SEAC holds rally in support of carbon neutrality

    Yesterday the College’s Landscape, Energy and Environment (LEE) Committee decided to endorse the American College and University Presidents Climate Commitment, which proposes measures to make the campus carbon neutral by 2020. An official recommendation to President Nichol will not come until Monday.

    p. The Student Environmental Action Coalition is viewing the endorsement as a positive step. SEAC has been pushing for Nichol to sign onto the PCC since last year. When presented with the document last spring, Nichol deferred the decision to the College’s standing committee of experts on College environmental issues, the LEE Committee, which met yesterday to discuss the proposal.

    “Nichol has made it clear that he really respects the counsel of the LEE Committee,” SEAC Media Coordinator Ryan Lintelman ’09 said.

    p. Over 400 other institutions, including 11 in Virginia, have signed the PCC. Government Professor Maria Ivanova and
    collaborating students issued a report in May 2007 documenting that the College “is currently lagging behind its peer group on the issue of climate change.”

    p. The PCC provides a framework with guidelines for institutions of higher learning to implement carbon neutrality on their campuses.

    p. However, it leaves room for interpretation for each school. SEAC has proposed suggestions for the College to meet guidelines laid out by the PCC, such as having a freshman orientation program or GER focused on environmental sustainability or having a Sustainability Coordinator who would serve the functions of sustainability education, facilities improvements and policy advising in the area of energy and sustainability, Caroline Cress ’10 said. Cress is a student member of the LEE Committee.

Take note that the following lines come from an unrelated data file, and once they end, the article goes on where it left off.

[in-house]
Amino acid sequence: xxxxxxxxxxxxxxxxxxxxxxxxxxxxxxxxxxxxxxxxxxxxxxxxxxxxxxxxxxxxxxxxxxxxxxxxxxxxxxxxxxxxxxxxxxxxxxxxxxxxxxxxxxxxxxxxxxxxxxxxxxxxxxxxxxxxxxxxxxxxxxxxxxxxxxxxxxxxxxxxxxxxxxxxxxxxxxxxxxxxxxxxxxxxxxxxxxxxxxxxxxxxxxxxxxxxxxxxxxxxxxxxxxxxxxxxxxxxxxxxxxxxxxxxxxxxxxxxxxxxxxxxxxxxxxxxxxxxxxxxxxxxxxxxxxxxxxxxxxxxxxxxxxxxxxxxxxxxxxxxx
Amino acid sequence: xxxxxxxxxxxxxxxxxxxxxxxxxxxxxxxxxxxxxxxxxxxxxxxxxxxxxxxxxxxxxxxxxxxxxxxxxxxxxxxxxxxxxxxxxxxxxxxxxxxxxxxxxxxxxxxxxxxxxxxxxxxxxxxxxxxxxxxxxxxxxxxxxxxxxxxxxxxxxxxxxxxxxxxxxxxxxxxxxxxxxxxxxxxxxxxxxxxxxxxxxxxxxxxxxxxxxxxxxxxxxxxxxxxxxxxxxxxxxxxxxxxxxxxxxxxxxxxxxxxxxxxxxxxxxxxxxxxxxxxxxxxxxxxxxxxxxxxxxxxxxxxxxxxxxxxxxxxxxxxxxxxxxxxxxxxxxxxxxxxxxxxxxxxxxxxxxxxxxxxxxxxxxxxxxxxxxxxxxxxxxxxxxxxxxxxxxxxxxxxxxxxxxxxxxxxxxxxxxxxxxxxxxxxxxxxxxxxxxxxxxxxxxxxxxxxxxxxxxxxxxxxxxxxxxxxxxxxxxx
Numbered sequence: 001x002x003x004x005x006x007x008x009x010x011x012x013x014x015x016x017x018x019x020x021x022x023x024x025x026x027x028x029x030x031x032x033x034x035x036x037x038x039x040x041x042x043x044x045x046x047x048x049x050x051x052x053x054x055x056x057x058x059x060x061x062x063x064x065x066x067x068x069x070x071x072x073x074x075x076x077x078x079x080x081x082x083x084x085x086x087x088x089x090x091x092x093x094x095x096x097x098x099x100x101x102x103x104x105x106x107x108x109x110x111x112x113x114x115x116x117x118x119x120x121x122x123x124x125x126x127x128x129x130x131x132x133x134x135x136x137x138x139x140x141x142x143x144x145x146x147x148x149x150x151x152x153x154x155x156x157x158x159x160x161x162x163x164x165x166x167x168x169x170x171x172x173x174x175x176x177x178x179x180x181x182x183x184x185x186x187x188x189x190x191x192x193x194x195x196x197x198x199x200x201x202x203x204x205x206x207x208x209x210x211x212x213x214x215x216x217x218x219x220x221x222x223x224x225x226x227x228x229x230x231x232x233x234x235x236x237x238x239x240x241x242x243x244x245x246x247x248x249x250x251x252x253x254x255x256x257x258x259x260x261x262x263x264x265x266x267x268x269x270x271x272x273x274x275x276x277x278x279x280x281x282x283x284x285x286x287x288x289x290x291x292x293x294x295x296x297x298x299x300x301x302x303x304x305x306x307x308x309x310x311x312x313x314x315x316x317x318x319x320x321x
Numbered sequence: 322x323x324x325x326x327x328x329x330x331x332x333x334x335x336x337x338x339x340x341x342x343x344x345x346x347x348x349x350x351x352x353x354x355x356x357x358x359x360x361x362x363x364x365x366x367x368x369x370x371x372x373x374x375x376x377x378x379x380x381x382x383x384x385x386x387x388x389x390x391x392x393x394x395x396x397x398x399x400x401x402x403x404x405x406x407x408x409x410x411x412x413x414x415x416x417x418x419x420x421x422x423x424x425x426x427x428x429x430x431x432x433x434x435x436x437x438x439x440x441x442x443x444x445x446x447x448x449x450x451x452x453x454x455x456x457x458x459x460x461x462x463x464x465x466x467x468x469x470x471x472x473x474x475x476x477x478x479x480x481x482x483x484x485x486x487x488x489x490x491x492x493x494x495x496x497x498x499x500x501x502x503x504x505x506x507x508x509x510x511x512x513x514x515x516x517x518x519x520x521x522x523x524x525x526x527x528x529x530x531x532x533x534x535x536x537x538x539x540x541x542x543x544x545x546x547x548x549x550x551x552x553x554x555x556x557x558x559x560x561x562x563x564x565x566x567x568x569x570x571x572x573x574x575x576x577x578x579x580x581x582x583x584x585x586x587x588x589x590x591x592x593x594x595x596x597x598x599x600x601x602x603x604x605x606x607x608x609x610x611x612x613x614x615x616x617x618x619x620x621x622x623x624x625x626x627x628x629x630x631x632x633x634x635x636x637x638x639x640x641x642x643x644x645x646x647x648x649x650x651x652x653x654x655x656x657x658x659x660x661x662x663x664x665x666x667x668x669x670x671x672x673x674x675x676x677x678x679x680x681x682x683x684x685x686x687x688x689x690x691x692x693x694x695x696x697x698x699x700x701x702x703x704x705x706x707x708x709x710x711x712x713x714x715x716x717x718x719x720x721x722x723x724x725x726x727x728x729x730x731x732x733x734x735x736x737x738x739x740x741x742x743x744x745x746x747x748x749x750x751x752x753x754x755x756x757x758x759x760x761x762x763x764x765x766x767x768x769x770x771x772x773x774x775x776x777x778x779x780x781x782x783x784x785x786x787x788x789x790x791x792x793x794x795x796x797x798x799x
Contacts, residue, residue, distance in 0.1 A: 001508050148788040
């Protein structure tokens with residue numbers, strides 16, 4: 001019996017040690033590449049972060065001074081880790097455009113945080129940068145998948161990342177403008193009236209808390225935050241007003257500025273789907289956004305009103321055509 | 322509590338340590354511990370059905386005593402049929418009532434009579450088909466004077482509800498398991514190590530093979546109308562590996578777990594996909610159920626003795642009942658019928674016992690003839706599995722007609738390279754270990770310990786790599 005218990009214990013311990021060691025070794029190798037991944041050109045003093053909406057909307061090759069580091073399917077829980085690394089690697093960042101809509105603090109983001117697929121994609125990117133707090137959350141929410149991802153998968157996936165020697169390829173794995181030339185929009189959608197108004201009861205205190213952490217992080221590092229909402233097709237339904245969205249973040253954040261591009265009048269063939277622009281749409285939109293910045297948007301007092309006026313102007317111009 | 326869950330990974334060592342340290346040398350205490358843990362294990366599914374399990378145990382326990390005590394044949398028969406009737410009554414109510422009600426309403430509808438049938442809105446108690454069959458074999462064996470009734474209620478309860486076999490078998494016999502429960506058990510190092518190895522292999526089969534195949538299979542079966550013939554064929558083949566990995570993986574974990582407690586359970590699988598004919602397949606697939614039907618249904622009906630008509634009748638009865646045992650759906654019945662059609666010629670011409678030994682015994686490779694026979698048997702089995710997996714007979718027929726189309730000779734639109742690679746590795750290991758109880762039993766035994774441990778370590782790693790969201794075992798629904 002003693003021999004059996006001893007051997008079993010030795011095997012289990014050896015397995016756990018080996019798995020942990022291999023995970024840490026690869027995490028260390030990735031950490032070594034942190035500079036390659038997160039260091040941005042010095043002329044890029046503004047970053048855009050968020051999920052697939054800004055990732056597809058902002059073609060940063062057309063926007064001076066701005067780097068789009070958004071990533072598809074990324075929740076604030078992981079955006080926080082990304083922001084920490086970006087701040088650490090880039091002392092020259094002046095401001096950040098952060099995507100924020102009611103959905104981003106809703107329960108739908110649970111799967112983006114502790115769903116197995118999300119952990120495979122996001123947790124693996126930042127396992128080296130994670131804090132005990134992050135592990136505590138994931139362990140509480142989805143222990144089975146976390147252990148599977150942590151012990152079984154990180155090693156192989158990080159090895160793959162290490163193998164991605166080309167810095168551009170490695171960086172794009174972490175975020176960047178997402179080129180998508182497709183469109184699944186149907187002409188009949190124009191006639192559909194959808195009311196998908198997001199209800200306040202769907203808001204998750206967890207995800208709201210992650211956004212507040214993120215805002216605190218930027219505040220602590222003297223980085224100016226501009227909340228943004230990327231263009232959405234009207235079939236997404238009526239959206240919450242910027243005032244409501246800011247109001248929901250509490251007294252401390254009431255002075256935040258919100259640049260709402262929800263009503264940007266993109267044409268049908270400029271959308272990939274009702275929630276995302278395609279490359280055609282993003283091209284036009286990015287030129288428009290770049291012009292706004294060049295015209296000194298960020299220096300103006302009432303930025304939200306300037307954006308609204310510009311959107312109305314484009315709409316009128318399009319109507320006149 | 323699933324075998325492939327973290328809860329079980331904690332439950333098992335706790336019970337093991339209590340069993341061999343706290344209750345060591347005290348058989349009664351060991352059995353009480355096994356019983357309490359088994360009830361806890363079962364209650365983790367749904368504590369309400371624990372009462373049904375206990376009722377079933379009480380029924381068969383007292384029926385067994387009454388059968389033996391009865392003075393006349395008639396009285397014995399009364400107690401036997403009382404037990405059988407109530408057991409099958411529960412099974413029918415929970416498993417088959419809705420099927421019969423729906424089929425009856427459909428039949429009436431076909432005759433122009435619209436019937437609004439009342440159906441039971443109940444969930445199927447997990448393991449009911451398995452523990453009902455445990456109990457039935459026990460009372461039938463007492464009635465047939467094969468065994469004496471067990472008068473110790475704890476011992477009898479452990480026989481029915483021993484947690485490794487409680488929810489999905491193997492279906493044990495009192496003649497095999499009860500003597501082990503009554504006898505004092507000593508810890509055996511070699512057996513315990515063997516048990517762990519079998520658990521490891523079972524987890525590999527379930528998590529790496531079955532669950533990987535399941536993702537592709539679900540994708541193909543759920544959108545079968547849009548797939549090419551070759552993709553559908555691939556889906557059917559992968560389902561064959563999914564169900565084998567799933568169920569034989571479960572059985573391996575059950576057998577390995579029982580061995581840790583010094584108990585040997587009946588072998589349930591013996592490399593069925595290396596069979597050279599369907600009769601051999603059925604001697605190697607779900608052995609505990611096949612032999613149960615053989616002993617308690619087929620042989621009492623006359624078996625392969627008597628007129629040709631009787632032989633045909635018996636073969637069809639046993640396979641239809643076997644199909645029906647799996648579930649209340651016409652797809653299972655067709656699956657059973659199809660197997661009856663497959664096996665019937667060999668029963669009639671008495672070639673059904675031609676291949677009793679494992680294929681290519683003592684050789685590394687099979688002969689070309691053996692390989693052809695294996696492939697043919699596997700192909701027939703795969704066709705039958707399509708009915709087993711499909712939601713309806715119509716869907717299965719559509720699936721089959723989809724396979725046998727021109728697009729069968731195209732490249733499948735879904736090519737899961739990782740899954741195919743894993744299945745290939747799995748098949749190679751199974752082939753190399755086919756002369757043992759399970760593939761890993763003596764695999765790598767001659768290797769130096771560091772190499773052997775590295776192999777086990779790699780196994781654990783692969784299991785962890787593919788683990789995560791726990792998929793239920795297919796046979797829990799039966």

p. Prior to the meeting yesterday afternoon, nearly 100 students showed their support by participating in a rally led by SEAC facilitators Jake Reeder ’09 and Josh Wayland ’08. Students surrounded the Marshall-Wythe School of Law, where the committee meets, wearing green and carrying pinwheels and signs to show their support for renewable energy.

    p. “SEAC members who marched to the law school showed up before the meeting and stayed for a while during it. They walked around outside, past the window of the room in which we were meeting,” Cress said. “It was great– the entire committee looked outside and saw them waving pinwheels and holding up signs. It was a great demonstration of student support.”

    p. Last year, the College used 68,306,552 kilowatts of electricity, costing the school over $3 million. Total energy costs were over $6 million. The energy consumption has increased over the past three years, which has resulted in a greater price to pay, both economically and environmentally.

    p. SEAC also created a faculty and student petition in support of the PCC, which was signed by 780 students and 300 faculty.

    p. “With all the research students have done on the feasibility of committing to carbon neutrality, signing his name on the paper is probably the hardest thing Gene Nichol will have to do,” SEAC member David Sievers ’07 said.


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